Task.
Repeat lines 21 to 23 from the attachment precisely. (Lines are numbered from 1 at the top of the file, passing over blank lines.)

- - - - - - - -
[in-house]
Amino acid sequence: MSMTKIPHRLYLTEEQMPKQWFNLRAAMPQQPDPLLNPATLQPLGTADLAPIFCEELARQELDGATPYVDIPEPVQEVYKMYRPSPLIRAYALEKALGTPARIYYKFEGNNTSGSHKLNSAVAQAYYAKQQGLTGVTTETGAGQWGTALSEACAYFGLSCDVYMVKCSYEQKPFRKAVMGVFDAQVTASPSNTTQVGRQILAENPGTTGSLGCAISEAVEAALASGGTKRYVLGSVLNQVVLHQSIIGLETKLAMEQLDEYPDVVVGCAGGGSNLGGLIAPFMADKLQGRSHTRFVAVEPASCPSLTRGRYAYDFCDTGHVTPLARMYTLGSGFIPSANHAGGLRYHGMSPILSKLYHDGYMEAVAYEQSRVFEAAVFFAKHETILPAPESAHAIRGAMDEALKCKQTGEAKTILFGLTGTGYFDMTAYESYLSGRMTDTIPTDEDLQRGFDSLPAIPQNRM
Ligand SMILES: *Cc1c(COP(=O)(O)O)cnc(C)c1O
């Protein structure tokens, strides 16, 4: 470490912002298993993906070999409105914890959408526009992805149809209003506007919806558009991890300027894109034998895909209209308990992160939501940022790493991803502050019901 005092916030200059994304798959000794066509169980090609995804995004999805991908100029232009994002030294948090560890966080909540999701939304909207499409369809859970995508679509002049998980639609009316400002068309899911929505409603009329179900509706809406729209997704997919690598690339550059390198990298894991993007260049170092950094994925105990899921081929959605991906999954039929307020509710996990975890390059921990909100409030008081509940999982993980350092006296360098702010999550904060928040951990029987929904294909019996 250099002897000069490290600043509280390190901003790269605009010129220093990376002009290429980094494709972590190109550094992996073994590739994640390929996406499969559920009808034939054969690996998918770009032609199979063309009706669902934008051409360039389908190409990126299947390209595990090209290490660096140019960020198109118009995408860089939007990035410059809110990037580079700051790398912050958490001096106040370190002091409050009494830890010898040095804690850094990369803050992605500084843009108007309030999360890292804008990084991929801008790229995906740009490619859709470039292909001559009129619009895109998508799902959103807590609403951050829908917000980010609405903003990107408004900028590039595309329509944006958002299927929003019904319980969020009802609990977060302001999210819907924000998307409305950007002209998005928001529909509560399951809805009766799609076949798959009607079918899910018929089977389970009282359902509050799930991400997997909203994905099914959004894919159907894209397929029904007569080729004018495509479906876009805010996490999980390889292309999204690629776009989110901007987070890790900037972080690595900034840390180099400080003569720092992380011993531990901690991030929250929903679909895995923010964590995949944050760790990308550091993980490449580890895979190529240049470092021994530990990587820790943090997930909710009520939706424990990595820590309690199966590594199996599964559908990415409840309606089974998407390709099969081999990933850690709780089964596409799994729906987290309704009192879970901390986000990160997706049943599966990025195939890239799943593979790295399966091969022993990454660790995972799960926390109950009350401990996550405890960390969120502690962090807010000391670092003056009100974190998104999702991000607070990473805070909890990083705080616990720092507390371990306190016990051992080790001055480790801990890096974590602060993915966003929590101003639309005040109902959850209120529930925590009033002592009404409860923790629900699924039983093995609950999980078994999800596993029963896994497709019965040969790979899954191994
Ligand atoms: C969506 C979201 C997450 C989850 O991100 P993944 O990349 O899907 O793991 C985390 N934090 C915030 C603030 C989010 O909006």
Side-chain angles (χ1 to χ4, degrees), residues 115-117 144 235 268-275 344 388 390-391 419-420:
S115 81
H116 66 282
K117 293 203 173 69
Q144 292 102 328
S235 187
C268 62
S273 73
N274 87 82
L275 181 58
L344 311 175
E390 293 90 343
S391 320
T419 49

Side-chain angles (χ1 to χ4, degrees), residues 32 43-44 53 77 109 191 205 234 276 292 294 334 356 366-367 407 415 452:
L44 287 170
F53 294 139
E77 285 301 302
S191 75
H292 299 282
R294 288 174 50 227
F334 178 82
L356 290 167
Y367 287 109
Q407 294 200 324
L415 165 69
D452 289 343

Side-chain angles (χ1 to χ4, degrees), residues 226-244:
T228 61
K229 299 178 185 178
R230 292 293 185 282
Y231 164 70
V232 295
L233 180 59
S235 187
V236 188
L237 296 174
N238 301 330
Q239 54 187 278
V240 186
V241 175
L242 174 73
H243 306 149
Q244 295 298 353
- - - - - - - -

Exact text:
L44 287 170
F53 294 139
E77 285 301 302